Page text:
And to not ignore the ever-growing presence of social media, Eli Roth weaves in a bevy of social media tropes into the plot as well. Viral videos. Memes. Hell, Roth’s passion for mediatakeout.com gets a few seconds to glorify the screen. And while some could point out that Roth’s attempts to address these issues via commentary is fruitless, Roth’s point is proven. He wants to show how our reactions to such scenarios saturate our daily lives. Tragic violence around the country is twisted into Internet memes and jokes within hours, within days. No, I’m absolutely certain Eli Roth may have finally found his niche – and that sure ain’t dealing with the horror genre. Switching genres is the jolt that Roth needed creatively to reboot his career and, if Death Wish serves as an example, he’s apt at handling at action movie tactfully.
Alright, well, Roth’s penchant of violence doesn’t fully get placed on the back burner. His love for old-school special and practical effects comes in handy with Kersey when the surgeon finally becomes totally unhinged. Too many actioneers these days are watered down in order to gain attention from the 13-to-18-year-old crowd. Dumb down the bloodshed, censor the swear words, edit out the naughty bits. Studios have been doing this for years. And while parents will take their youngin’s to see this in theaters, said parents will be aghast at the brutality of Kersey’s vengeance once he fires off that first bullet. I’m all for a movie that employs the tactics of yesterday, a gritty revenge thriller that doesn’t fully take itself too seriously. Death Wish doesn’t disappoint with its gashes, squibs, bloodletting, or gruesome contortions of the body. I may be 33 but I still winched not just with shock but giddiness. I cannot recall in recent memory a movie that prefers to not use CGI to increase the violence. Hey, I can’t help it – I live for the action thrillers of yesteryear like Lethal Weapon, Die Hard, and The Last Boy Scout. Sometimes we need this sort of movie to just take a break.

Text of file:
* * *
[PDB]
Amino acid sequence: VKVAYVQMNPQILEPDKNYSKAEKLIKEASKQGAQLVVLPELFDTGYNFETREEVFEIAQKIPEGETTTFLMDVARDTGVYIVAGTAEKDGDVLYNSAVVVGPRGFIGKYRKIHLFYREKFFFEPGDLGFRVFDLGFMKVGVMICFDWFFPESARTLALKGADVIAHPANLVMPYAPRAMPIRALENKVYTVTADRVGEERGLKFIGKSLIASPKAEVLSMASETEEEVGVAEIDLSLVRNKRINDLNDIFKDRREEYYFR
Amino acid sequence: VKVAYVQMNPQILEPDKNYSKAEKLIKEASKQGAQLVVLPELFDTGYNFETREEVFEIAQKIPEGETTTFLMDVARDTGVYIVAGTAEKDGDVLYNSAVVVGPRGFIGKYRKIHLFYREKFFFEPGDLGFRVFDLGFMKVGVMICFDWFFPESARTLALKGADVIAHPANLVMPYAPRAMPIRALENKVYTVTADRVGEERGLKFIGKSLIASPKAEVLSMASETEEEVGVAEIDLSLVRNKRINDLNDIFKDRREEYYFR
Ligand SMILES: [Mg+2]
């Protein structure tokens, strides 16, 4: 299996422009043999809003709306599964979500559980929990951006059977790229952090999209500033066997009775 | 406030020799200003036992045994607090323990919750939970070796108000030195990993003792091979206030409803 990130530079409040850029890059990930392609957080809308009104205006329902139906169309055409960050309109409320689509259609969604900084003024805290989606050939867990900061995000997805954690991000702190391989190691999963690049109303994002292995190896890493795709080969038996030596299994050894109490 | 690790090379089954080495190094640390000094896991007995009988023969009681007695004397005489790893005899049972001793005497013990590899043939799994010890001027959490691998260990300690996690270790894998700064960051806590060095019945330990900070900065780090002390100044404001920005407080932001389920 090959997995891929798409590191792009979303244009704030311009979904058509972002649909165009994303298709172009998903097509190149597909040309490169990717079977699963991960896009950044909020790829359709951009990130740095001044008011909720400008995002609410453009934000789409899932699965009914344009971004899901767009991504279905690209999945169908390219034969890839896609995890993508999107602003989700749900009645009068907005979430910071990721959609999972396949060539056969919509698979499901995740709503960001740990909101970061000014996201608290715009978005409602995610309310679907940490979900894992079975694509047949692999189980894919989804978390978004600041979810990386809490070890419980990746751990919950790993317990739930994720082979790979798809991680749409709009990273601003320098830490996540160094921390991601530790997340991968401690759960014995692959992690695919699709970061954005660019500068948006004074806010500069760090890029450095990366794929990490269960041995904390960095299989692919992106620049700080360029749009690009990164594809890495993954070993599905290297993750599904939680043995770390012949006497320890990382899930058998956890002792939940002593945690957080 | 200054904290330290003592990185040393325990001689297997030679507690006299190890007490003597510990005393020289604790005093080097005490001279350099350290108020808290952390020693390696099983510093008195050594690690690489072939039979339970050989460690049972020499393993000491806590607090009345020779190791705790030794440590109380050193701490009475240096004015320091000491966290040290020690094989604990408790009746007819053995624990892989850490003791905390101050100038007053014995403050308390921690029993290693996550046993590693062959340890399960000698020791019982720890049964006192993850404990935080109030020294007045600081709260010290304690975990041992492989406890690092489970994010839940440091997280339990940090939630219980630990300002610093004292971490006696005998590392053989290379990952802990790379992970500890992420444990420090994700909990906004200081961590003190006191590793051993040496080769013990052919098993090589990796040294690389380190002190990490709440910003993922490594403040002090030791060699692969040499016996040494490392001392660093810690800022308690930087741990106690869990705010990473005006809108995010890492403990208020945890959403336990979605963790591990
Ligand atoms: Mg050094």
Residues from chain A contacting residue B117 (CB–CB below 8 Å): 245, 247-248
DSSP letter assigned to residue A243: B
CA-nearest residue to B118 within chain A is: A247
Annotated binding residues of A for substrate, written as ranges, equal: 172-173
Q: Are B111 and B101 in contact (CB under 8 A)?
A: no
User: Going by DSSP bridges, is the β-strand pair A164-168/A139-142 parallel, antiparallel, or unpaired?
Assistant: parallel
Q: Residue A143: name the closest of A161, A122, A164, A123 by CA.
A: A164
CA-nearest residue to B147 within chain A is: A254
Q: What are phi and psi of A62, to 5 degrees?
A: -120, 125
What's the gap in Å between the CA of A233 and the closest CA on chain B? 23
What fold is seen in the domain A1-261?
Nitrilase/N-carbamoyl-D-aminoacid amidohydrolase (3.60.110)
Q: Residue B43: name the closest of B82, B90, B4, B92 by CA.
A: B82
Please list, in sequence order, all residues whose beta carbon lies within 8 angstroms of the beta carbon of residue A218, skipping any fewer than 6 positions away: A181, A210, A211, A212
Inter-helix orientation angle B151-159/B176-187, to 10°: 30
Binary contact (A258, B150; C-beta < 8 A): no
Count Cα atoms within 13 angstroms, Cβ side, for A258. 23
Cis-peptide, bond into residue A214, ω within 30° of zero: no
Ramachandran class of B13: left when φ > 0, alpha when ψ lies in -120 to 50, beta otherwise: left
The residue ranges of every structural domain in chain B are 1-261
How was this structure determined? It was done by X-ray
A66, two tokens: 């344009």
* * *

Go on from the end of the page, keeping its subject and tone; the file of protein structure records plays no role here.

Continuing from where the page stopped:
Some may have preferred the likes of Liam Neeson to tackle the role of Paul Kersey but, honestly, Bruce Willis isn’t just phoning it in like he’s been known to do across the last decade. In fact Willis feels like he is at total ease, dialing back the machismo to play the straight role. His Kersey is not comfortable with violence nor confrontation. He doesn’t want to get into a fight, usually doing his best to hold his tongue rather than trade barbs with someone who could clean his clock. Even once Kersey discovers the power of having a gun in his hands, he’s truly never comfortable trying to fire the handgun. He can practice all he wants to develop some sort of awkward aim but he flinches regardless. Kersey isn’t John McClane, hell, more like the tonal opposite. Kersey’s sleepless nights fade away the more he tracks down the perpetrators, nightmares of his vigilance haunting him and prescription pills his only escape to roll over. He watches YouTube videos to learn how to cover his tracks. His innocence is broken. And I really cannot recall a film in a very long time where Bruce Willis invested time into his character to garner compassion from the audience.